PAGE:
Obama's Real Unemployment Rate Is 14.7%, And A Recession's On The Way
Ferrara’s analysis of the unemployment situation is spot-on, and matches what we at a local unemployment group in Central Massachusetts have been seeing on the ground.
Working people here almost without exception dismiss the official statistics with contempt, and the general consensus is that the real local unemployment rate including involuntary part timers is somewhere around 20%. And yes, we have seen an uptick in people getting part time work. The mood among those over 40 is deep sullen anger and cynicism masked by fear and a sense of hopelessness. Among younger working-folk there is widespread passivity and disconnection, and a loss of belief in the value of hard work to achieve long-term goals. Truly a social disaster in the making.
Mr. Ferrara’s policy analysis however is wide of the mark. The economy cannot restart if the working people have no spending power, and our spending power is continuing to tank. The amount of money accumulated by the well to do and the corporations is in the trillions, but it won’t get invested in job-creating projects in the real economy unless there is a prospect for making a profit off those investments – which requires an expanding market. So we’re at an impasse, a classic “accumulation trap”.
I am well aware that most readers of Forbes won’t want to hear this – perhaps many of you simply can’t hear it – but the only way out of the trap we’re in is through a massive wealth transfer or liquidation of claims on wealth, far exceeding anything Obama has proposed. This can happen through a deflationary depression and mass scale corporate bankruptcies; through an inflationary depression that wipes out the value of all fixed-principal investments; through a world war that liquidates a large part of the world’s physical capital; or through confiscatory taxes, with the proceeds going to job-creating projects, wealth redistribution or both.
One way or another, one or more of these will happen. Attempting to control every degree of freedom to contain this systemic crisis as the pressure continues to build can only guarantee an uncontrolled and chaotic outcome.
I would suggest to you that the best, least dangerous option for preserving our system and your place in it is the confiscatory tax route – a new New Deal. I don’t blame you a bit for finding that highly objectionable and distasteful, but don’t let that blind you to the virtues of that path. From our point of view also it is vastly preferable to a depression or war, so you could easily make common cause with us.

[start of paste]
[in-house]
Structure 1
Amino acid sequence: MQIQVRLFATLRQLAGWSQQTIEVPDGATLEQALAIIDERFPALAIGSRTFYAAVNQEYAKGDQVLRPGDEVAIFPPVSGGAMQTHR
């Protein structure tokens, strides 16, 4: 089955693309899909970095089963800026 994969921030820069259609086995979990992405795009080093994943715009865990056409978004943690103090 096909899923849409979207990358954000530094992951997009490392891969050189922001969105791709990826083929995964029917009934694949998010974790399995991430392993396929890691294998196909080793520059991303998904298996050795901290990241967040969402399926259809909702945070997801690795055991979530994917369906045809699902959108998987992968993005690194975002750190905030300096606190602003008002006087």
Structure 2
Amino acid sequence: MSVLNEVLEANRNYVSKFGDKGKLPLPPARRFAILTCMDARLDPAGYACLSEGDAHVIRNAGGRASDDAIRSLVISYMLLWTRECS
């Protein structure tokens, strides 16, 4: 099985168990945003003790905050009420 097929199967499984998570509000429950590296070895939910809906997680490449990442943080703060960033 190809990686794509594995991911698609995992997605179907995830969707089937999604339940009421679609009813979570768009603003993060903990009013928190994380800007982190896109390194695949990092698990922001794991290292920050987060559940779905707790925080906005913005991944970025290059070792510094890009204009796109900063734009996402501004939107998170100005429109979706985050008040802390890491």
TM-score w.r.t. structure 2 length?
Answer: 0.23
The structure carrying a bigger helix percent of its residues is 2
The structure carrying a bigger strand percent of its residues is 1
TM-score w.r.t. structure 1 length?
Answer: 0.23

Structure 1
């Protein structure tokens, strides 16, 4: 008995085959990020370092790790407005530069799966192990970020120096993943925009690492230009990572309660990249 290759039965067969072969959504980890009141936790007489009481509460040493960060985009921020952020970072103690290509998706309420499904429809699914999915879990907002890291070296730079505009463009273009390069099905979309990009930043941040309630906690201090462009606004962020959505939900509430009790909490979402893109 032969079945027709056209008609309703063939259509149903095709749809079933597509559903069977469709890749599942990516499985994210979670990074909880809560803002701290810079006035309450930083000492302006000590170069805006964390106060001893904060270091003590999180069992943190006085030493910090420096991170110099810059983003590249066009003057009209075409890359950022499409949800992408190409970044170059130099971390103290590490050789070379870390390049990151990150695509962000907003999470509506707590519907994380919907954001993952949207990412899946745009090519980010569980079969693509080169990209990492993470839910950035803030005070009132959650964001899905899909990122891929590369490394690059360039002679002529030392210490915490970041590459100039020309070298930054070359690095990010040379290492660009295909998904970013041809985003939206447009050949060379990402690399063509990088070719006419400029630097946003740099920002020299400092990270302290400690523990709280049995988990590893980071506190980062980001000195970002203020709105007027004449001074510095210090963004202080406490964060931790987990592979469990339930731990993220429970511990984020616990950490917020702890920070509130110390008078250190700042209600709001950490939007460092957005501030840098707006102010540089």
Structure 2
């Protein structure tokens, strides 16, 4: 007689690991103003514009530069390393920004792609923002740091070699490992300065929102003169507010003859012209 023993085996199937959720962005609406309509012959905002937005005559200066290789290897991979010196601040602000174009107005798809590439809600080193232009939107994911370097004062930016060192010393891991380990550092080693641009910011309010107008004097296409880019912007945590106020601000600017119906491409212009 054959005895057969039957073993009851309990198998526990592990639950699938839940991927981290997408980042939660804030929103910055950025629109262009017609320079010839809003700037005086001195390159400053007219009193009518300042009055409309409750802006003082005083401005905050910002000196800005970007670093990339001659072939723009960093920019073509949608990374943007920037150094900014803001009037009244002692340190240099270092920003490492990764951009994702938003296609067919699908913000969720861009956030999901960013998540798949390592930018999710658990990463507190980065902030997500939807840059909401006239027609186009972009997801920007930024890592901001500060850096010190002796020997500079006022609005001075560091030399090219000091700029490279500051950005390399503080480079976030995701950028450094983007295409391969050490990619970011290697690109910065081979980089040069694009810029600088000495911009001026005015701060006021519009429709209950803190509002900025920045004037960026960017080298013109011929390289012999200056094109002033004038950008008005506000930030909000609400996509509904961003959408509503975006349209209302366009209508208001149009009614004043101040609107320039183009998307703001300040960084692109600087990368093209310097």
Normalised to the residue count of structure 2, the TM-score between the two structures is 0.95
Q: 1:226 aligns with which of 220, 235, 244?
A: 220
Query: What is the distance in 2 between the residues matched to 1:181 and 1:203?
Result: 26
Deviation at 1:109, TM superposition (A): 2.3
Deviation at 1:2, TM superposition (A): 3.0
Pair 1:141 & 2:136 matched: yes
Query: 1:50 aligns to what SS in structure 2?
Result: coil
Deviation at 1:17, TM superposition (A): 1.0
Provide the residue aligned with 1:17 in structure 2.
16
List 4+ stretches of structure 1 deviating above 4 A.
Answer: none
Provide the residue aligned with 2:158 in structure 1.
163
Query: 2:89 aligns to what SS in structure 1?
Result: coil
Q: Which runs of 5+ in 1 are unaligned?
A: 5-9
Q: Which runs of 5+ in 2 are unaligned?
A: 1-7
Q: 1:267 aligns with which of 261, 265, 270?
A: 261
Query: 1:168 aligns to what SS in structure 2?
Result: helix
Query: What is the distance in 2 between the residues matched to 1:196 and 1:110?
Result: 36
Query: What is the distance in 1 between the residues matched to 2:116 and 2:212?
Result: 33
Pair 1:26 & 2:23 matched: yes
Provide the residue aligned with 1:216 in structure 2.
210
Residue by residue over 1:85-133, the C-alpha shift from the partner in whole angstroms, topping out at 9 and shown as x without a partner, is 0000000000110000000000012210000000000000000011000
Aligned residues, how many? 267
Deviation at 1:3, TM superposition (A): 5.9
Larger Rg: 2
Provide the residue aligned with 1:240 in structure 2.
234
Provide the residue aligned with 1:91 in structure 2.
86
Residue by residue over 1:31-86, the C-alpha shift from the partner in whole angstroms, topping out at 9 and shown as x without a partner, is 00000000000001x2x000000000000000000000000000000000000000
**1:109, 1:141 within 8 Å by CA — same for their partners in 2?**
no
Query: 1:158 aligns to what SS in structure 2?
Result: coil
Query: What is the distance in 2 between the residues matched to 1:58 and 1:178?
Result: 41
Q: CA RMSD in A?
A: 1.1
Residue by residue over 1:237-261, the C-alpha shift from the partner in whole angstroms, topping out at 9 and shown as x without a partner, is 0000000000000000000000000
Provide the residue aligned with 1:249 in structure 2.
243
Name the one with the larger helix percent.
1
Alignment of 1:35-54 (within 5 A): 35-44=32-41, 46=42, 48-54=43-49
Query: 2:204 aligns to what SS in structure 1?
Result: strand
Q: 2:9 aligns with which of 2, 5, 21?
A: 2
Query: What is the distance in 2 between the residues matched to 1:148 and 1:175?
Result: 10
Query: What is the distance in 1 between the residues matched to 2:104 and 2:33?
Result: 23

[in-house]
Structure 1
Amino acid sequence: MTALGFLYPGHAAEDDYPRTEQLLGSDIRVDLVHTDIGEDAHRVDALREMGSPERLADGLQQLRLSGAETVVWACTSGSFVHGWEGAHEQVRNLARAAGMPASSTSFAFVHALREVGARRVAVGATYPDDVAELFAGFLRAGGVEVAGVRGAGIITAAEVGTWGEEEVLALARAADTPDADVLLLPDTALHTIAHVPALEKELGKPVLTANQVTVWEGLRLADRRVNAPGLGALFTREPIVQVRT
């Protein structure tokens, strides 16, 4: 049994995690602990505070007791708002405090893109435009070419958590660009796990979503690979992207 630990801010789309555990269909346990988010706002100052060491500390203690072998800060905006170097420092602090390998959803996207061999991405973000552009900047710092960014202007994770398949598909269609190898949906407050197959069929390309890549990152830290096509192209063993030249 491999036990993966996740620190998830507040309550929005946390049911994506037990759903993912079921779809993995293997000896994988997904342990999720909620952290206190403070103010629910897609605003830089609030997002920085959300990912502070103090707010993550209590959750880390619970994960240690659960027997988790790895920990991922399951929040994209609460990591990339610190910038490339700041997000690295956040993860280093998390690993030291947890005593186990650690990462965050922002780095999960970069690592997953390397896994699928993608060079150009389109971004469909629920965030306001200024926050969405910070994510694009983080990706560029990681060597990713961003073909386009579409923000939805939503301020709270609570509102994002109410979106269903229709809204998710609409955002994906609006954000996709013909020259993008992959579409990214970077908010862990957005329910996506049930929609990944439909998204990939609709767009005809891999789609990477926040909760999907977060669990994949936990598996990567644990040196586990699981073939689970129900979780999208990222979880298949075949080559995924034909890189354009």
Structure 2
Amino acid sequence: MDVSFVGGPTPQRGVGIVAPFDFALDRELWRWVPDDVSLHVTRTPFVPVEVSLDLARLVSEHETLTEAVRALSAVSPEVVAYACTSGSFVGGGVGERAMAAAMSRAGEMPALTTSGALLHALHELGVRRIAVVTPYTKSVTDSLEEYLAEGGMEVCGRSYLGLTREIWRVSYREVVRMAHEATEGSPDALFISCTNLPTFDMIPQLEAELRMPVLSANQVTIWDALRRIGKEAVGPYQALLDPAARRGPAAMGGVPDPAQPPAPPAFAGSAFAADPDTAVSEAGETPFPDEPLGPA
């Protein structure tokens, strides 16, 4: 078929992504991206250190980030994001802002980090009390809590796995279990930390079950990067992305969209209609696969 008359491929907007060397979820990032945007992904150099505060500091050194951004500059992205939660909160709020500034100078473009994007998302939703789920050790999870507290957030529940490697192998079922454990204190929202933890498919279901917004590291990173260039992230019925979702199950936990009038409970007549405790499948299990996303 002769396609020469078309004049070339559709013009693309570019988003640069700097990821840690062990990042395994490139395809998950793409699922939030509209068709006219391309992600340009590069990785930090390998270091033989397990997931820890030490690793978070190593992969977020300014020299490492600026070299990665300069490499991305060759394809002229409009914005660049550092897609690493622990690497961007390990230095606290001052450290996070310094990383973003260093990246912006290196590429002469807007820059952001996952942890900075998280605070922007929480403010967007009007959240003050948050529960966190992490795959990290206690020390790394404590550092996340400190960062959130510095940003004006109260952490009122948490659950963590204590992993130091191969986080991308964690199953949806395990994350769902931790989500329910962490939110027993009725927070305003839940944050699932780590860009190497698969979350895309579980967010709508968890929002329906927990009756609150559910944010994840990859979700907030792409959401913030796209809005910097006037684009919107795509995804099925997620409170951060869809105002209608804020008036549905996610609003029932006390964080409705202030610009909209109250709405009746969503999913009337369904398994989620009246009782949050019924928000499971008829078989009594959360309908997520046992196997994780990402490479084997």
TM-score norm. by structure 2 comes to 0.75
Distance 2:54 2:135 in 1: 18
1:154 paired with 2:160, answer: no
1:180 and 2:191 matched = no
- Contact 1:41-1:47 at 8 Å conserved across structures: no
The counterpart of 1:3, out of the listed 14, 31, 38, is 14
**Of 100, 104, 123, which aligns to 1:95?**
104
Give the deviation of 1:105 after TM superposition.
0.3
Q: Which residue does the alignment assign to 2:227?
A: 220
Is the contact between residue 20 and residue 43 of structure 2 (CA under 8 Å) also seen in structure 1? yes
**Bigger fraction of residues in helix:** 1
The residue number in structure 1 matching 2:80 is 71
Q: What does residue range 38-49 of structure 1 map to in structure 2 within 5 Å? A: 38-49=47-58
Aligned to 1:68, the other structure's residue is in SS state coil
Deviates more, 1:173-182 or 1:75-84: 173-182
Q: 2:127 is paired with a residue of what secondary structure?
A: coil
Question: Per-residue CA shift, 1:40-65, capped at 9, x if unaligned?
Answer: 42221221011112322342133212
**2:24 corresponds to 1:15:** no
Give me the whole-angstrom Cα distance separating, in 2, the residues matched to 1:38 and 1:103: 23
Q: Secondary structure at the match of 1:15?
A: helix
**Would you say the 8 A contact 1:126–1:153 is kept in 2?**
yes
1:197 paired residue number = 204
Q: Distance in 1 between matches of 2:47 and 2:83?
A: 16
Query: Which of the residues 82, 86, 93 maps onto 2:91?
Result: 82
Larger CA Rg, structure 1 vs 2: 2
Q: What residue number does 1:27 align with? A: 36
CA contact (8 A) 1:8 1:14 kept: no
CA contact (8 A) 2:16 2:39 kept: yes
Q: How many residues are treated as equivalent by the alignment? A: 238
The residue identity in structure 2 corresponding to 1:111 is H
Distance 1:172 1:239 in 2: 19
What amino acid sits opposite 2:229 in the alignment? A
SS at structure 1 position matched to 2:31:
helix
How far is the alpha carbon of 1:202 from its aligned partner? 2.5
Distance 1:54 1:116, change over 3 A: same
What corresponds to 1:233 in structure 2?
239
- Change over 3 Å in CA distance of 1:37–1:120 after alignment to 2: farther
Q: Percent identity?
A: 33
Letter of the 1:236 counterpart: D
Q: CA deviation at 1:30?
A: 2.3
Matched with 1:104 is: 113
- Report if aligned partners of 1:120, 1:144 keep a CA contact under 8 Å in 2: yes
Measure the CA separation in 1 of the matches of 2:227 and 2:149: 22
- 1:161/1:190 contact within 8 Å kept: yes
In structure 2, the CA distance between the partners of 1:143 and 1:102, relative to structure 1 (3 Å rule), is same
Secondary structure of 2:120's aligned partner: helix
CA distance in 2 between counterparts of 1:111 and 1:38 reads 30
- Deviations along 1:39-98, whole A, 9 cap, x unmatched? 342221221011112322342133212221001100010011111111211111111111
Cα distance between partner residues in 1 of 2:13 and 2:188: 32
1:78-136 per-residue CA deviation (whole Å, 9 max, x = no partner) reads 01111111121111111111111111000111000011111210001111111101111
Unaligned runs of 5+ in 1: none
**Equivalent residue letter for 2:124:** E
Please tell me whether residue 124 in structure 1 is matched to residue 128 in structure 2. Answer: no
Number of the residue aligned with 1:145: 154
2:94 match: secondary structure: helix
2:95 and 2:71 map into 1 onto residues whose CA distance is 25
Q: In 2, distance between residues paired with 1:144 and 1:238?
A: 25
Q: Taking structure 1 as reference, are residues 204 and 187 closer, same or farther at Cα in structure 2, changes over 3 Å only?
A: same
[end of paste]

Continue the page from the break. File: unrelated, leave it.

Many of you still have not forgiven Franklin Roosevelt for what you saw as a betrayal by one of your own, but the truth is that at a moment much like the present one he saved the system and preserved your place in it by finding ways to release the building pressure and effect a peaceful and orderly wealth transfer sufficient to restart the economy. And through a World War - something that won't work out so well in a nuclear-armed world.
We've all shared the experience of playing Monopoly. At first everyone’s having fun. A point comes where someone is winning - exciting for them, an engaging struggle to stop them for the rest. Then a point comes where someone has won and all that’s left is the inevitable taking of everything the other players have. At that point the winner may be having a grand old time but everyone else has had it. The saving grace in a Monopoly game is that you can always turn in all your cards and properties, reshuffle the deck and start over - or at least walk away and play another day.
Now imagine a Monopoly game where the stakes for the losers are life and death, but the winners won’t restart the game because winning feels so good. That’s kind of like where we are today. You need to ask yourselves, are you committed to saving the game itself so you can play again? Or are you more committed to holding on to being the winners of the current cycle at all costs?